The National Legislation Program (Prolegnas) for the period 2015-2019 is currently in the process of being discussed by the Legislation Council (Badan Legislatif/Baleg) in the House of Representatives (Dewan Perwakilan Rakyat/DPR). So far there have been around 210 bills that have been submitted to the Legislation Council to be discussed in the committee meeting on Monday, 2 February 2015. There have been 126 bills proposed by the House of Representatives, 81 bills proposed by the Regional Representative Council (Dewan Perwakilan Daerah/DPD) and 84 bills are the government’s own proposals. However, substance of the proposed bills intersect each other, with 141 bills proposed by one institution (House of Representatives, Council, or government), 57 bills proposed with the support of two institutions (House of Representatives and Council, House of Representatives and the Government, or the Government and Council), and 12 bills proposed by the three institutions combined (House of Representatives, Council, and the Government).
Discussion and adoption of the National Legislation Program in the House of Representatives’ 2015-2019 period has indeed suffered setbacks in terms of time delays. This is due to the internal chaos in the House, which has resulted in the election of the Chairman of Baleg still remaining in limbo. Therefore the working agendas by Baleg are also behind schedule. One of the most crucial is the preparation and adoption of Prolegnas 2015-2019. Although there are setbacks in the discussion and adoption of Prolegnas 2015-2019 this should not be reflected in the quality and quantity of Legislation. Reflecting on the House of Representatives period of 2009-2014, 126 bills were successfully passed into law, while a remaining 27 priority bills could not be completed.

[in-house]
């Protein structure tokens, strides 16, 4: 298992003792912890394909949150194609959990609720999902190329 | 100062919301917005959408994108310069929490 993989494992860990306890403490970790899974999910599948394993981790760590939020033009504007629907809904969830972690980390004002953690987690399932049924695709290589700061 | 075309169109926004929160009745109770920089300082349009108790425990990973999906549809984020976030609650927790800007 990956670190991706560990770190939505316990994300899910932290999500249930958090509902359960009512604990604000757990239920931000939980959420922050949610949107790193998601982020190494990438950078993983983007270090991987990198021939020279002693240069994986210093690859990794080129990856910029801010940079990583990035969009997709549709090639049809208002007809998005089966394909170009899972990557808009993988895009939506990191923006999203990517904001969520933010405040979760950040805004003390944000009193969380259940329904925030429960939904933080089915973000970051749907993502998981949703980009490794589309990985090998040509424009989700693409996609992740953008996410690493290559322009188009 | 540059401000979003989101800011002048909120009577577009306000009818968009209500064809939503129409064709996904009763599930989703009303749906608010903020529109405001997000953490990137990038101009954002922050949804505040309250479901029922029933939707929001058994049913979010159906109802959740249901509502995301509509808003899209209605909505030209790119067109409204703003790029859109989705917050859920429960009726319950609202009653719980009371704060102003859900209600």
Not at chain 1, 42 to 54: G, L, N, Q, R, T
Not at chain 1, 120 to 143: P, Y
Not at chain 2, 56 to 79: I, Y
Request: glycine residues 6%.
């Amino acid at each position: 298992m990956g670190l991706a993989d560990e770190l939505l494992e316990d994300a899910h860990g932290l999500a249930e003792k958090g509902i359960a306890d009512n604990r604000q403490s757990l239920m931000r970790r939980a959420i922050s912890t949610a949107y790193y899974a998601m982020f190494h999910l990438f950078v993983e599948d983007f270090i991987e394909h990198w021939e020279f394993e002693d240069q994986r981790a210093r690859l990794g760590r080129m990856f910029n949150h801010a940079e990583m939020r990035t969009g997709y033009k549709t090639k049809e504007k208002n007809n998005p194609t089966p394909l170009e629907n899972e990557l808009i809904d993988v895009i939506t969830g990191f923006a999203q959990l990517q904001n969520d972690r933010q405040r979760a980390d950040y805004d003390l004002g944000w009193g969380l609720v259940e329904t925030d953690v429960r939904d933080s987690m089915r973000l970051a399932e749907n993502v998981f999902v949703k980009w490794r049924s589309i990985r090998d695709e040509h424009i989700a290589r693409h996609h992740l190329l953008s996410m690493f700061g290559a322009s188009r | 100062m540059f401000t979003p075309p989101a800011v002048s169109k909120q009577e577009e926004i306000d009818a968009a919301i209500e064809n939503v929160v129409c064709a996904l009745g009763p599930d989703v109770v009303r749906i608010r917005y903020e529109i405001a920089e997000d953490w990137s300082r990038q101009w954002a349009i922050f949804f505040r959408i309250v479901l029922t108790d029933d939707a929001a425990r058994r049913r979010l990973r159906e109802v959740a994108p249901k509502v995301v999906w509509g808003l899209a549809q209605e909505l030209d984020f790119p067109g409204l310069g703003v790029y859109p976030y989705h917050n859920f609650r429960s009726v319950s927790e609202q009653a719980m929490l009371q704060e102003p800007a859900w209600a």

The legal affairs bills proposed by the Indonesian Centre for Law and Policy Studies (Pusat Studi Hukum dan Kebijakan Indonesia/PSHK) to Prolegnas 2015-2019 include the Criminal Code Bill (RKUHP), Criminal Procedures Bill (RKUHAP), the Bill of Police, Advocates Bill and the Bill of the Supreme Court are bills within the law enforcement sector. The Corruption Eradication bill and the Bill of Cash Transaction Restrictions are bills within the anti-corruption sector. The Bill of Associations, Organizations Bill, Bill of Protection of Indigenous Peoples, and the Bill of People with Disabilities are bills within the human rights sector. While the Revision of the Election Act, the Revision of Political Parties Act and the Revision of MD3 Act (People’s Consultative Assembly, House of Representatives, House of Regional Representatives, and Regional House of Representatives/MPR, DPR, DPD and DPRD Act) fall within the realm of the political sector. The stated vision and mission of the Jokowi-Jusuf Kalla Government in the area of law enforcement is to prioritise the building of strong political legislation. A strong political legislation means the eradication of corruption, human rights enforcement, environmental protection and the reform of law enforcement agencies. Referring to the government’s vision and mission, it has become part of the Jokowi Government’s homework to participate in the success of the National Legislation Program 2015-2019. The success of the National Legislation Program will be judged not only in terms of a quantitative measure of bills passed into law but also in terms of the quality of the legislation. (PB)